Aug 9, 2018 - 1:20pm

Yes I really enjoy acting as a financial advisor I like the upper level investment banking stuff but not so interested in making pitch books 100 pages long and working 90 hours a week in a big city. And yes my dad said I will be his successor and he is only 46 so he could have 400 million aum by the time I am done.

Aug 9, 2018 - 1:27pm

Honestly I was just interested in making 150k when I'm 22 in investment banking and I like what my dad does but I never thought it could make me enough money to which I would like to

Aug 11, 2018 - 7:52am

If your dad is only 46, go gain some experience doing something else for at least a few years before you join him. That will give you some standalone credibility with clients instead of just the guy who hopped on his dad's gravy train.

Most Helpful
Aug 11, 2018 - 9:08am

This is great advice.

Also, even though you're dad is only 46, he likely isn't as tech aware as you. There are probably many things you can do to create value for his practice (automate certain things, bring marketing efficiencies, social media, etc.) Client succession is generally a huge concern.
1. Will they work with you when he retires?
2 Big one - Will their kids work with him / you when client passes away.

That's an area where you can create tremendous value. You're blessed with not having to worry about driving revenue which means you can spend time building services that will both protect and grow revenue. I've worked with some estate planning law firms that do a nice job in this area. They have a formal client succession program where they bring in client's family each yr for updates (and charge a fee to do this - brilliant). This way they get to continue providing trust services upon M&D's death and bring the kids into their practice for a long time. You could establish things like that.

But at the end of the day, wealth mgmt is heavy on sales and relationship building. If that's not you, don't even bother.

Aug 11, 2018 - 4:16pm

Yes, and I'm giving you some aspects of "doing" financial advisory with your dad that will actually help his firm. He has already built a fantastic practice. Your immediate value in "doing" financial advisory will be in helping him build a mote around the practice WHILE you learn the business. Part of your decision would likely include what you would be doing, like doing, etc. You have no way of knowing if you like IB until you actually do it via intern. With the FA track, you have the luxury of (assuming your dad lets you and wants you to be involved) working with / helping your dad throughout UG to provide value to HIS business and see if you like the retail investment business.

Take money out of the equation (you would likely make far more working with your dad and eventually owning the practice) than in IB as I'm sure he's a 7 figure guy and only the survivors will get there in IB. These are vastly different businesses with virtually no similarities. Don't forget that your dad is in the retail business which means spending lots of time with the public. Is that for you? It requires a level of relationship skill (especially when dealing with their personal money) that few on this site possess. It's not about technical skills as you can use 3rd party managers or hire a CFA for that. It's about getting them to invest (and stay invested) with you, solving their financial issues, and being their financial go to. Very different environment than IB and completely different skill set. Would be very odd for one to enjoy both worlds, so which one are you?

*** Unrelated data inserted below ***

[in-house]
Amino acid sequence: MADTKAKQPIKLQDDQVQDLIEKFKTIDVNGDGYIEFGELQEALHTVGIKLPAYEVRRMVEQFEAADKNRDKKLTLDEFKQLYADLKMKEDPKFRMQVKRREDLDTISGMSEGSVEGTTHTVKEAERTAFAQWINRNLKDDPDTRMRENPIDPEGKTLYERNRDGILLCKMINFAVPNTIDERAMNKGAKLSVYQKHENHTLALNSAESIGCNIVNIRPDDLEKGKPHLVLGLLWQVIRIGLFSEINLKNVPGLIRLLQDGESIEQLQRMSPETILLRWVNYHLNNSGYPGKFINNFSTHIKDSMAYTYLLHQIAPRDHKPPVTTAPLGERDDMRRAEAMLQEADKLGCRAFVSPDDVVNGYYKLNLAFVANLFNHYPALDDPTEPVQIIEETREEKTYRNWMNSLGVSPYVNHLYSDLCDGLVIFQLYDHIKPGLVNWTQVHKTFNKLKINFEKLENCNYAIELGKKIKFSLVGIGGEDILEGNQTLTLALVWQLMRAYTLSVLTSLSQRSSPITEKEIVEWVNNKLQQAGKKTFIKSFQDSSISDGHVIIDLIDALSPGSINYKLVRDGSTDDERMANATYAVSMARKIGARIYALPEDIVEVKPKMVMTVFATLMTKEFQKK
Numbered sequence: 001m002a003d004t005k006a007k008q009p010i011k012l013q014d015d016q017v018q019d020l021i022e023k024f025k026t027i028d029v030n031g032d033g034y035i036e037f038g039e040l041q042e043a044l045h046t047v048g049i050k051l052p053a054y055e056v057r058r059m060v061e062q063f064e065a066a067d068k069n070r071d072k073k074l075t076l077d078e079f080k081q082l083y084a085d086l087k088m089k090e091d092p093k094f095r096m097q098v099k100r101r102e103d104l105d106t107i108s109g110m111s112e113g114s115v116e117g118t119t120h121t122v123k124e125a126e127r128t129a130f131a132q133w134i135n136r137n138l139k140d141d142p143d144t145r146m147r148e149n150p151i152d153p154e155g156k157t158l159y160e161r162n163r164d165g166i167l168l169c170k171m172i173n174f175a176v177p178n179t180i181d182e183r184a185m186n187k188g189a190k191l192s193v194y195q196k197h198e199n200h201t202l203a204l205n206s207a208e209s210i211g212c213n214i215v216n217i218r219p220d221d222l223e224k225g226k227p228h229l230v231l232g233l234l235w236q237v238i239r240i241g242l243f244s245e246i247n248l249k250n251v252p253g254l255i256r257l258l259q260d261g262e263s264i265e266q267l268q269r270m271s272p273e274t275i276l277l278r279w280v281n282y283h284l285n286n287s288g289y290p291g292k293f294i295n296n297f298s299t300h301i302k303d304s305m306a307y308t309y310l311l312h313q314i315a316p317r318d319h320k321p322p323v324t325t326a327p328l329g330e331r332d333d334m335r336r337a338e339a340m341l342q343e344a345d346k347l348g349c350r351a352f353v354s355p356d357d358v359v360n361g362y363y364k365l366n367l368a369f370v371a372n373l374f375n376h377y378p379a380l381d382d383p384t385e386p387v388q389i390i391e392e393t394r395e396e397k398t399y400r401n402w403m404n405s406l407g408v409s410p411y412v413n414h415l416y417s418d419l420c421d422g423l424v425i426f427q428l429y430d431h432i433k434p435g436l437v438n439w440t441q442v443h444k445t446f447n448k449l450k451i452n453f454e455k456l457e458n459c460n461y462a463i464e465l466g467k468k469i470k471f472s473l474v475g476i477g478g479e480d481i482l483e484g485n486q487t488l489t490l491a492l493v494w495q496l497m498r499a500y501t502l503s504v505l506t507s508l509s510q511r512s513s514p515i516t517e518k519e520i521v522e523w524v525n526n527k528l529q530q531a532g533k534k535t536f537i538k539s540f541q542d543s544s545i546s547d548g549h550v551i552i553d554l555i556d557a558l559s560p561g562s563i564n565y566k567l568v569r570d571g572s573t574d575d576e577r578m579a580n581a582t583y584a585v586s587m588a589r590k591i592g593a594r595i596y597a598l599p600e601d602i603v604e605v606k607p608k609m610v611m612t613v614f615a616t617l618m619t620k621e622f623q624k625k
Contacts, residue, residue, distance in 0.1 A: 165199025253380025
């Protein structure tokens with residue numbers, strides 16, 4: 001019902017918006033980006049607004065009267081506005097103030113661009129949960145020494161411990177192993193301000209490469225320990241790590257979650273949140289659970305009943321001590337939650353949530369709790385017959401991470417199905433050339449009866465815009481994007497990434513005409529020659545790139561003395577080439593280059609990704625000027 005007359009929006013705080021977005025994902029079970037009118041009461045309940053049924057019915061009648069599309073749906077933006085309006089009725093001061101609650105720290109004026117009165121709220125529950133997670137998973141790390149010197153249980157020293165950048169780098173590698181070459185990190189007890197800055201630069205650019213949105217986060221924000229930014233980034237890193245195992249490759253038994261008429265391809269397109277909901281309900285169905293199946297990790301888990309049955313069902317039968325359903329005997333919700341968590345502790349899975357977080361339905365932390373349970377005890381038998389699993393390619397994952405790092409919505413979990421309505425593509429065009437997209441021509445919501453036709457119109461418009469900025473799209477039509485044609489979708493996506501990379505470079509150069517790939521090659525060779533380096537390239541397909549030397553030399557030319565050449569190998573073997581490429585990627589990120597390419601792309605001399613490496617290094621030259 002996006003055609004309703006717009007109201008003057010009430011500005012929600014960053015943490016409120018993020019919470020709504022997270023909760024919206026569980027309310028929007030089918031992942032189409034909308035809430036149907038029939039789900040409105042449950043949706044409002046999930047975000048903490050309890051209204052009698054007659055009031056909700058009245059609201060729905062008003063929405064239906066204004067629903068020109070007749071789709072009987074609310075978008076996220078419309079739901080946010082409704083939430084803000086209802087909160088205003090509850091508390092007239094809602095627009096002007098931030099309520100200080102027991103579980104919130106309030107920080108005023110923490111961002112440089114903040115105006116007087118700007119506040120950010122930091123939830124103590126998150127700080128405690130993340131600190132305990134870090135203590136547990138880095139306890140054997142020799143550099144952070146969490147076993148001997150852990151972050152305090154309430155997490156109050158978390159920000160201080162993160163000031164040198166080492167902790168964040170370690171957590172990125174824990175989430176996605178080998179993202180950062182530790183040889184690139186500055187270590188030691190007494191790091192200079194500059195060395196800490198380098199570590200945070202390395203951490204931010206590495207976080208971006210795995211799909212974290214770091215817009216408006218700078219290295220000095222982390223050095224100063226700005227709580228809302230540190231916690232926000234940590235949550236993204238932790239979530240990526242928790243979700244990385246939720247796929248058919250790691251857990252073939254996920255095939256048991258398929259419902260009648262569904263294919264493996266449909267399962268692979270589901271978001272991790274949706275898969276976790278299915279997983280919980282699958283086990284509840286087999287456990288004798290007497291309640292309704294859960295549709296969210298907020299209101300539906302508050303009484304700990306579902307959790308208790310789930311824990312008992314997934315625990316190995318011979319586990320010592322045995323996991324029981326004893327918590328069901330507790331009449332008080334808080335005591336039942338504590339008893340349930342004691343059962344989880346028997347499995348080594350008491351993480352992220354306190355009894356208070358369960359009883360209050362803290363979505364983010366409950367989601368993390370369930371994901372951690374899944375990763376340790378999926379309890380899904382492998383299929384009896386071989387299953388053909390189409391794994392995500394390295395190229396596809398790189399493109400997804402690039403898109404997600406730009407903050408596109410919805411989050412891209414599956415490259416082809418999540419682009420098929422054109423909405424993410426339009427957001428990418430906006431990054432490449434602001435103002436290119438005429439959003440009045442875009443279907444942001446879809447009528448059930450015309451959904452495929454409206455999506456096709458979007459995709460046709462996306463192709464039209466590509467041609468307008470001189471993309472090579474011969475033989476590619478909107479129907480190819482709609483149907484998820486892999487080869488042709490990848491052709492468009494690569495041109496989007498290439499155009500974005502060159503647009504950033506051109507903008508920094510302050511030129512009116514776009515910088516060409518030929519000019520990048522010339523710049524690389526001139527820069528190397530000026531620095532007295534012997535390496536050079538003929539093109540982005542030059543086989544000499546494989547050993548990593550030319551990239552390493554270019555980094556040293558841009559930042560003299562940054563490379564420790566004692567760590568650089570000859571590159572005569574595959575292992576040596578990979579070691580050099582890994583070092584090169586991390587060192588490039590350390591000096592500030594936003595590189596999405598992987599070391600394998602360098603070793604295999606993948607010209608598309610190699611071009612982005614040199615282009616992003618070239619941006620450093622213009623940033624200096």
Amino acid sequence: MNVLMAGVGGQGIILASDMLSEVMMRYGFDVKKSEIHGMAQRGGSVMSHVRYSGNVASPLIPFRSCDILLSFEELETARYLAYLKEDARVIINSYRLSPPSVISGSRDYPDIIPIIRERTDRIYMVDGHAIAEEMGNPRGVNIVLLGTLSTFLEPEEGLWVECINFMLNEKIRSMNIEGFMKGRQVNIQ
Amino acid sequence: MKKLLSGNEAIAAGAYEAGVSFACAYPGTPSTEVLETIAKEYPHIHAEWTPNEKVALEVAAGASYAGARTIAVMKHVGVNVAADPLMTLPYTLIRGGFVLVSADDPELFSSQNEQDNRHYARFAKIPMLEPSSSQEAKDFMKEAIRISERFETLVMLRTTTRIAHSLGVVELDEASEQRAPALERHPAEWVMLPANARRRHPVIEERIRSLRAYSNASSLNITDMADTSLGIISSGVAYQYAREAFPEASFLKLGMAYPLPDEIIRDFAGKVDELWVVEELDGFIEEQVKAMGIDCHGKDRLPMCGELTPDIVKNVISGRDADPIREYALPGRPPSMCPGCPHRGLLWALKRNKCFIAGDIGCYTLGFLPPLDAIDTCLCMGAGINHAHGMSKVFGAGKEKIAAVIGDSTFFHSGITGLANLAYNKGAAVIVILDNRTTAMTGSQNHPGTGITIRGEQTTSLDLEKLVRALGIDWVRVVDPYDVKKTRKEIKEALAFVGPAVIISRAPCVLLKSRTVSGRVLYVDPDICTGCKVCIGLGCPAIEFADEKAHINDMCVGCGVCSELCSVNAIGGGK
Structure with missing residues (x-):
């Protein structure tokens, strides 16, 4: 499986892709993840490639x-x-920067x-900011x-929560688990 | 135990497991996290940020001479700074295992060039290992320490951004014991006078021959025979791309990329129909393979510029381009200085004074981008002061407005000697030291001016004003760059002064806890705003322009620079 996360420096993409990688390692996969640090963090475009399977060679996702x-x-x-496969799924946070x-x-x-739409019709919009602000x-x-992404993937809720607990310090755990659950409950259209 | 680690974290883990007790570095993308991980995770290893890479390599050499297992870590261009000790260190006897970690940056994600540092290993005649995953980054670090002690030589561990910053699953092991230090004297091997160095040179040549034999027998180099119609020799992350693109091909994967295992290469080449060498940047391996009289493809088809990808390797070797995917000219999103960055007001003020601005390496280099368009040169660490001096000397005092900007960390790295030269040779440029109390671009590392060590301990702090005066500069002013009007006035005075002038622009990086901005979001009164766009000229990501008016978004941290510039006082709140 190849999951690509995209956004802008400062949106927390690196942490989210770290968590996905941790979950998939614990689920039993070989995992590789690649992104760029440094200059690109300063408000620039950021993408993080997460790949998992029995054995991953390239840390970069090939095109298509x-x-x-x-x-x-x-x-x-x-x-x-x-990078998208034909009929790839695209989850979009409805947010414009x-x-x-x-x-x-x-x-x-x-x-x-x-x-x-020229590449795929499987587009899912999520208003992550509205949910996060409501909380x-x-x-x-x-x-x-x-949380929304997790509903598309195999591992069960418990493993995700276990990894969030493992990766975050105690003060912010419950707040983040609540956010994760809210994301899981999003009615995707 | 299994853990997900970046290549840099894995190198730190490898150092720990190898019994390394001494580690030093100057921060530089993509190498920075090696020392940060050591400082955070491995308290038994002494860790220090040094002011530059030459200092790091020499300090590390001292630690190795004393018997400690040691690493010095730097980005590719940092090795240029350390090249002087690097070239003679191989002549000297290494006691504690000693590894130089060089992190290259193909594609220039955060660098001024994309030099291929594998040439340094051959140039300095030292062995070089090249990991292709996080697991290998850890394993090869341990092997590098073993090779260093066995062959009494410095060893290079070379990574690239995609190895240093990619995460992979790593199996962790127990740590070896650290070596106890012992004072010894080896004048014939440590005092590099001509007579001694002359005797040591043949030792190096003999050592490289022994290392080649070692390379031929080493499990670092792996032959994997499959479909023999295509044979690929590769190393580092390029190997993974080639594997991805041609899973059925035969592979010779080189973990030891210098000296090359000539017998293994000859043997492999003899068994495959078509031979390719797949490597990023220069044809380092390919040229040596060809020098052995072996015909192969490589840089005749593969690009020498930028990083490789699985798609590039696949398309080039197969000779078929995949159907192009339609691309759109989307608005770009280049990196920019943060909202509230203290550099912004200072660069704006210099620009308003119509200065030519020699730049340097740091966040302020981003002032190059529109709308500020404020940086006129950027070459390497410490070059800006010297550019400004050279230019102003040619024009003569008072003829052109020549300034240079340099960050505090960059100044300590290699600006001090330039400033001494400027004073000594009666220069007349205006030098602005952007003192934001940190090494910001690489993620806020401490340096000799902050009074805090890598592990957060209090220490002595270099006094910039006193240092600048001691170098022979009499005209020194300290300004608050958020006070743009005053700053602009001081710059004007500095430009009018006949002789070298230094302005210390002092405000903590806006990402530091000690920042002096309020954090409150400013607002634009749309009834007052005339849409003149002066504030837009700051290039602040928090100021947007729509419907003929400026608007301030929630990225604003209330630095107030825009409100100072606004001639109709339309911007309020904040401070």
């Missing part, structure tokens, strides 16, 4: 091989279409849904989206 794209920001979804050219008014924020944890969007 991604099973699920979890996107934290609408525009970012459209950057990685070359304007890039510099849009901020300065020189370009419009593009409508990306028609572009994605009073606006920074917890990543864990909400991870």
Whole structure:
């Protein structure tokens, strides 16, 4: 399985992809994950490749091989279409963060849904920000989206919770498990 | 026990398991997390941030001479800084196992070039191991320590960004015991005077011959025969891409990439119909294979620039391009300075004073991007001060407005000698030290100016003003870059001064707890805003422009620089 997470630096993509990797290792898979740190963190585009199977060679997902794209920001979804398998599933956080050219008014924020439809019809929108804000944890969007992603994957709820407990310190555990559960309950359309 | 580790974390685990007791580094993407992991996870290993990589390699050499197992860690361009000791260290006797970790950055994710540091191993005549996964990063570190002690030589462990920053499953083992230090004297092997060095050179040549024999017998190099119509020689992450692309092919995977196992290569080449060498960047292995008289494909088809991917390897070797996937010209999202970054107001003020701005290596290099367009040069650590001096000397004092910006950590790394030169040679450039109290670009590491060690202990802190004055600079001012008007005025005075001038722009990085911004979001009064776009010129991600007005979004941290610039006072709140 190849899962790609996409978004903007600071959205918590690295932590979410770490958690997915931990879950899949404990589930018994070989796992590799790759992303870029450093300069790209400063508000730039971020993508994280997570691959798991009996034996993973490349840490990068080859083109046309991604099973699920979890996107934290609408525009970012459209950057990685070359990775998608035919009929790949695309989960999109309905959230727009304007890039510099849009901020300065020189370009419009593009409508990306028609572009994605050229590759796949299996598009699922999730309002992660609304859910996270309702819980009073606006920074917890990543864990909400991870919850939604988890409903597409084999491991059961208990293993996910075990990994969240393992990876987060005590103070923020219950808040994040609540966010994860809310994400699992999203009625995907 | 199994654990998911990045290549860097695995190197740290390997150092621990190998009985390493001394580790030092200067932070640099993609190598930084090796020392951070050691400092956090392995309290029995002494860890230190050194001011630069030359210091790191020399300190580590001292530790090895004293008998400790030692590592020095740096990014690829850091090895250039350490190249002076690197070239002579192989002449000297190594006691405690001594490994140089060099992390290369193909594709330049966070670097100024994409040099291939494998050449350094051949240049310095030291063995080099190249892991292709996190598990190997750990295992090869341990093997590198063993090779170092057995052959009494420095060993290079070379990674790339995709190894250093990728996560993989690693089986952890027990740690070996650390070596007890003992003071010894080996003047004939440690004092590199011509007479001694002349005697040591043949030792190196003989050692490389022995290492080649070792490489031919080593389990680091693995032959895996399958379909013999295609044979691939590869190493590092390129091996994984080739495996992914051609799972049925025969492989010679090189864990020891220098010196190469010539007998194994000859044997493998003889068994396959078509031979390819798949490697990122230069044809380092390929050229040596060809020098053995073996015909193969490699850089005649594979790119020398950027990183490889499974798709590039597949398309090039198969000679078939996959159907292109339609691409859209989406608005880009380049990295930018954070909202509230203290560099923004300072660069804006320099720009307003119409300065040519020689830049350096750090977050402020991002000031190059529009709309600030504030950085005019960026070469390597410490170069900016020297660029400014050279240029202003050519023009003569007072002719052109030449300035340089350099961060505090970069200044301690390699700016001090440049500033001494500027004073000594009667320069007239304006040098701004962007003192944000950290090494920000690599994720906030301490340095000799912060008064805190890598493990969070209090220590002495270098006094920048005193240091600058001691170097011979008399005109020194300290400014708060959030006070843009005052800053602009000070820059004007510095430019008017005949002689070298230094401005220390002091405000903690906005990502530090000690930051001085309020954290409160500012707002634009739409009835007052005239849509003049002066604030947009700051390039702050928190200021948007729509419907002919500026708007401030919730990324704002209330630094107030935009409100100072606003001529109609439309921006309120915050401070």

Aug 12, 2018 - 2:35am

Well first of all my dad is not a 7 figure guy. He has explicitly told me that he charges less than the average financial advisor because he wants to give them a good deal. I would assume he makes around 200-250k, as he has never told me. But do you think i could make as much money working for him as ib? Also if I were to do ib I could transfer to a school like Indiana for ib with ease would that be a better option? Also can this discussion consist less of "do what u like" as I have already taken this into consideration heavily and I enjoy helping with my fathers work and talking about stocks but am also am intrigued by ib and the high salary that it entails.

Aug 16, 2018 - 3:06pm

your dad is 46.... in 10 years he is 56 and you are 27... he is prob still working... so a clean idea to what his plans are would be helpful so everyone is on the same page, I have a good friend who took over his dads book but his dad didnt retire until his son was 40... also some firms will make the junior broker hit tiers to take over a book so its not as easy as your dad just saying "here you go"...

if you like sporting events, golfing, and leaving the office at 3pm.. this is a great career path

Aug 16, 2018 - 11:42pm

I don't think he plans to retire anytime soon so that could be an issue and to whoever said 200-250k in finance isn't a lot, get ur high heels off of Wall Street and come down to reality where the average senior financial analyst is making 80k!

Aug 20, 2018 - 12:32pm

Which one is "better" is entirely about your goals, wants, and perspectives. Do not be fooled by the "work-life balance" and "unlimited earning potential" that many in the financial advisory field discuss as if its a given. Establishing a viable book of business takes a decent amount of time and effort; failure to establish a strong client base substantially limits your earning potential.